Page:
My published comments re Bernard Salt’s article in today’s Australian:
Bernard, your bagging of the term sustainability is shallow and unnecessary. Sustainability is either a warm fuzzy term, or a straw man for bagging, for those who don’t understand what it means. I’d expect someone in your position would be able to read a planning document to see if there is a real sustainability prospect in it, or if its just greenwash. So if you believe that the words are used without the real prospect of sustainability, critique the planning documents on that basis and don’t give the impression that you believe that sustainability is just a word without any real meaning, ignoring it as a whole system of principles, strategies, actions, tools and measurements. I expect better from you.
Bernard Salt: The Australian Thursday 3/3/2011 Extracts
I HAVE a theory about the strategic planning process in Australia’s five largest cities.
There is a sameness to the plans that is hardly coincidental. No metropolitan plan is truly unique; they all embody much the same principles. Or could it be that each of the states have independently come to the same conclusion about how their capital cities should be managed in the future?
Even the time frame of strategic plans is similar. Planning documents for Sydney, Melbourne and Adelaide look out 25 years to 2036 while southeast Queensland and Perth work on a 20-year blueprint.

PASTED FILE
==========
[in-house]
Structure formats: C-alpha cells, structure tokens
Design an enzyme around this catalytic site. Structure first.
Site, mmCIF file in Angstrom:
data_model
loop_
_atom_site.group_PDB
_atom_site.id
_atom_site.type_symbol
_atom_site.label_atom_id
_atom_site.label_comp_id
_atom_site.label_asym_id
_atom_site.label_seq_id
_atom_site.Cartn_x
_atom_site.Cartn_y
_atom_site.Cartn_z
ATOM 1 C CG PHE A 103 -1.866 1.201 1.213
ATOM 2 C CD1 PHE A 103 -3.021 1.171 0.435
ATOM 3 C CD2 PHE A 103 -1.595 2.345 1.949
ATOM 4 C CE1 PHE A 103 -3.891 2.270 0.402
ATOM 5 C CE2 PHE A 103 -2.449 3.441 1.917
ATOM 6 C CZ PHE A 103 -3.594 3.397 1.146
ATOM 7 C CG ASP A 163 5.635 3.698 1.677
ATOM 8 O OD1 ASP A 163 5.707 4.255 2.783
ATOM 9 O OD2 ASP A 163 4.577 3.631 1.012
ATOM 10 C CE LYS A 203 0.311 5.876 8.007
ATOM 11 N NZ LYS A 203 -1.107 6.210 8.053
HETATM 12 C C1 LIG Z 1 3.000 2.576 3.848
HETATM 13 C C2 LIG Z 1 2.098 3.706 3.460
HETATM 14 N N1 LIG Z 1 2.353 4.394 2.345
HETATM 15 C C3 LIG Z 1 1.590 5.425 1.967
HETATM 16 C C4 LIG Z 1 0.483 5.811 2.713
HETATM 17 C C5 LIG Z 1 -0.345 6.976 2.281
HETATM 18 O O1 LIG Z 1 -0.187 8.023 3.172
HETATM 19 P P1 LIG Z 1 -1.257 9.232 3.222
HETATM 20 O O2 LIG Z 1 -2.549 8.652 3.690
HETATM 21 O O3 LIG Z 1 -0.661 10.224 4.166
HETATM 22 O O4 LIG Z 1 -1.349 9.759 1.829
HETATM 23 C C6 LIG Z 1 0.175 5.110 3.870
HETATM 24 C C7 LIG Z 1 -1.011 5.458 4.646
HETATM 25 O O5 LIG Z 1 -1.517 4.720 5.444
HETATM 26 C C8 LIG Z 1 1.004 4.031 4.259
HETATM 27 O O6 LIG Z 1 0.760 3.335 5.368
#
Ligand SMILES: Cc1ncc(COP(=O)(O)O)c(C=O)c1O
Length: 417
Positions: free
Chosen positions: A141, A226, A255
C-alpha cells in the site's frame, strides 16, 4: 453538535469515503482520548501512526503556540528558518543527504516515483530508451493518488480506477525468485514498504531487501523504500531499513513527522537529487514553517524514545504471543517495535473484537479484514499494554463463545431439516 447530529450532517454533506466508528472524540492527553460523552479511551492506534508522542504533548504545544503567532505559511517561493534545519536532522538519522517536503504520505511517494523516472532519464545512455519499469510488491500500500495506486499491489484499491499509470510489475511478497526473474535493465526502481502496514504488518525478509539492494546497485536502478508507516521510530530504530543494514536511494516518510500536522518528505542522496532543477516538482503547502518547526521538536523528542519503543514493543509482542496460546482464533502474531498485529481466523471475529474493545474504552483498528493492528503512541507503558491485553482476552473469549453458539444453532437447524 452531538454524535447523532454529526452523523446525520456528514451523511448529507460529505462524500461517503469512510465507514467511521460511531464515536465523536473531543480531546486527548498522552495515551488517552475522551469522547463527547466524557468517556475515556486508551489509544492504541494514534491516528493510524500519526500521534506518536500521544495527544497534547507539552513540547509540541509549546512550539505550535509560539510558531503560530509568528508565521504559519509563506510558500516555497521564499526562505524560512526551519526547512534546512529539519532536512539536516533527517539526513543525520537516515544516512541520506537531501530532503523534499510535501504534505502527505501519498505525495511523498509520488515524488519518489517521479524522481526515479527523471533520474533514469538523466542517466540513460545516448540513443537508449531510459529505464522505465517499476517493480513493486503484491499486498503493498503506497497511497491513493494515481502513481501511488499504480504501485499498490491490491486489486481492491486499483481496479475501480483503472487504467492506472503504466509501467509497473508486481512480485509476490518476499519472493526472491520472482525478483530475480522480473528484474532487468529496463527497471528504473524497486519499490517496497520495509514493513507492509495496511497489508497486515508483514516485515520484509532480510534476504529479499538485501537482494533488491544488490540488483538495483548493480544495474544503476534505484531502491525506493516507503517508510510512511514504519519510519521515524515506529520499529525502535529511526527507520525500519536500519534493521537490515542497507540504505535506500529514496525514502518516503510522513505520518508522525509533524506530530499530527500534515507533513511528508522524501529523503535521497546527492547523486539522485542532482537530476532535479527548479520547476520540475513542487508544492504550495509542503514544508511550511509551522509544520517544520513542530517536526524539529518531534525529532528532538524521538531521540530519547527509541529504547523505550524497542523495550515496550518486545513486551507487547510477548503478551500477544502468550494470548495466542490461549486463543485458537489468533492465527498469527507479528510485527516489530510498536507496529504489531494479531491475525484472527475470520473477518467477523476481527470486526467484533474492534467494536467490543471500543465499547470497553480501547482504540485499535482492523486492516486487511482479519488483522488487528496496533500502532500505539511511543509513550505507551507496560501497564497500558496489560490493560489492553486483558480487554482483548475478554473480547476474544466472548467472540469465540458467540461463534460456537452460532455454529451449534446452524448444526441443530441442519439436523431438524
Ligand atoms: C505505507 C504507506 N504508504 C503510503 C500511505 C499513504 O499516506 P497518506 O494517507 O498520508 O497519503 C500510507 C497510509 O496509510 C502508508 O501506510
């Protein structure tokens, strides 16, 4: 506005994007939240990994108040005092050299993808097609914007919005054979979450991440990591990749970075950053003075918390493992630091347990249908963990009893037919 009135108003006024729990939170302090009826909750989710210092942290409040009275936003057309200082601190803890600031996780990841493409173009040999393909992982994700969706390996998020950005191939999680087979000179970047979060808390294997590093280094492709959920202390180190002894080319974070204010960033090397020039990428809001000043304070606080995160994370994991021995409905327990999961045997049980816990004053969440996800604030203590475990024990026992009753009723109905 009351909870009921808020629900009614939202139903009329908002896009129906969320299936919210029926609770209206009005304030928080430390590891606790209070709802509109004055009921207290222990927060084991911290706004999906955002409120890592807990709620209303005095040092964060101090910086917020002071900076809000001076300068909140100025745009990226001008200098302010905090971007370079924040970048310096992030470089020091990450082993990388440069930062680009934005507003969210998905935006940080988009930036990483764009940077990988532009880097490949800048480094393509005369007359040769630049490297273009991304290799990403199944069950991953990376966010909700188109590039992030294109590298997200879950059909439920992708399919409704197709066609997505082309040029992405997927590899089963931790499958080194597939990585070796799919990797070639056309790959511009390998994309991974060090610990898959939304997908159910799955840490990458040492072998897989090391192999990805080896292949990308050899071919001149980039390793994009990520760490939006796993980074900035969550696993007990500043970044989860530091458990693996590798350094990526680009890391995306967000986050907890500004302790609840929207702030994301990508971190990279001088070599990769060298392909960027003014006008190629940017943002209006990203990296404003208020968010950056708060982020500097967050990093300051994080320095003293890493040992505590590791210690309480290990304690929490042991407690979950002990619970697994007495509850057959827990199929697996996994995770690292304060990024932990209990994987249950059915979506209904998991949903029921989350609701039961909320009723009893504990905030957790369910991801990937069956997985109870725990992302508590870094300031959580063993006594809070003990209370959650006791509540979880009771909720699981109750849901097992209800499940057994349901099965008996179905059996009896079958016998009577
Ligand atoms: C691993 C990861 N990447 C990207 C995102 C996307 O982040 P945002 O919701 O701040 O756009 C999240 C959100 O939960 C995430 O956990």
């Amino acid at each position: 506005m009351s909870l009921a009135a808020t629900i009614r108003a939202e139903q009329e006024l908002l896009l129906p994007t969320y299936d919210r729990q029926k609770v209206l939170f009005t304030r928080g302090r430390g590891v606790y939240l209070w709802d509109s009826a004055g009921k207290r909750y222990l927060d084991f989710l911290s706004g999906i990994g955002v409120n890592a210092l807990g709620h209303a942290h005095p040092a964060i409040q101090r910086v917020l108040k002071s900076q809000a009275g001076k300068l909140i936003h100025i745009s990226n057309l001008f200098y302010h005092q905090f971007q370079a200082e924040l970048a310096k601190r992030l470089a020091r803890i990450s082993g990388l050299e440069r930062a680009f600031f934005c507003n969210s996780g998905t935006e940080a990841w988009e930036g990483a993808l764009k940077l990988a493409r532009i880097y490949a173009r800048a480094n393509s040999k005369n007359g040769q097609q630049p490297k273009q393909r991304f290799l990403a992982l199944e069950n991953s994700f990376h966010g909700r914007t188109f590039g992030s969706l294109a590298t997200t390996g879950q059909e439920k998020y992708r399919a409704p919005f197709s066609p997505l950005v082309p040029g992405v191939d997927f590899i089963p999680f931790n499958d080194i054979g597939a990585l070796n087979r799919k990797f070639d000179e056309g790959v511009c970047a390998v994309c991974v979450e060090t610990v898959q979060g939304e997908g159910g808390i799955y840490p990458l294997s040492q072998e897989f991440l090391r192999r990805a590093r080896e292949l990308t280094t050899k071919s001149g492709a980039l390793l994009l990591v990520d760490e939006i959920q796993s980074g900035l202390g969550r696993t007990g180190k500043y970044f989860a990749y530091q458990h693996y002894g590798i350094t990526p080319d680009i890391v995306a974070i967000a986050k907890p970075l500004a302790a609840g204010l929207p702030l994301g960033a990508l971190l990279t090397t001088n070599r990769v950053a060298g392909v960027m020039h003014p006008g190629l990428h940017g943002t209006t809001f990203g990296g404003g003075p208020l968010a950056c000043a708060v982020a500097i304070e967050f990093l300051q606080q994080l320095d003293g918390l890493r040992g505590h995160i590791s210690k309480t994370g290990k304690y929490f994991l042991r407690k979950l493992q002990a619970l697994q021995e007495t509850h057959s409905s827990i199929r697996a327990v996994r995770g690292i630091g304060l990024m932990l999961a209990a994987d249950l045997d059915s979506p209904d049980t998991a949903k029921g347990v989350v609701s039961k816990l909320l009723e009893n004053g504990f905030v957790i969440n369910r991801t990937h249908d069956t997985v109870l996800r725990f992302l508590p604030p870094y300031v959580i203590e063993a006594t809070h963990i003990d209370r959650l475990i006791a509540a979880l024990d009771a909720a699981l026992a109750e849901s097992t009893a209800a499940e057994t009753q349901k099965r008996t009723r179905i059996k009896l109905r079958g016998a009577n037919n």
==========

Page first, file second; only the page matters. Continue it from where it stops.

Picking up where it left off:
Why don’t strategic plans look 40 or even 50 years into the future?
It was the Melbourne at 2030 plan, released in October 2002, that set the 21st century strategic planning agenda in Australia. All other current strategic plans followed the Victorians. I think it is Melbourne that is the intellectual stronghold of strategic planning in Australia. The planning agenda, vision horizon and key ratios that apply in that city end up being only moderately modified in later plans for other states.
And I suspect that Melbourne continues its lead in the national planning agenda with documents such as Delivering Melbourne’s Newest Sustainable Communities. (Notice the word “sustainable” inserted into the title. It wards off the evil spirits of negative public sentiment. If it’s sustainable it’s warm and cuddly.) Not only do the Victorians set the planning agenda, they also determine the politically correct language to use.
If you are a developer seeking development approval in any part of metropolitan Australia, make sure you read and understand planning documentation coming out of Victoria. And make sure you use the language of the Victorians: insert the word sustainable into the title of your project. It has an oddly calming effect on the planning community.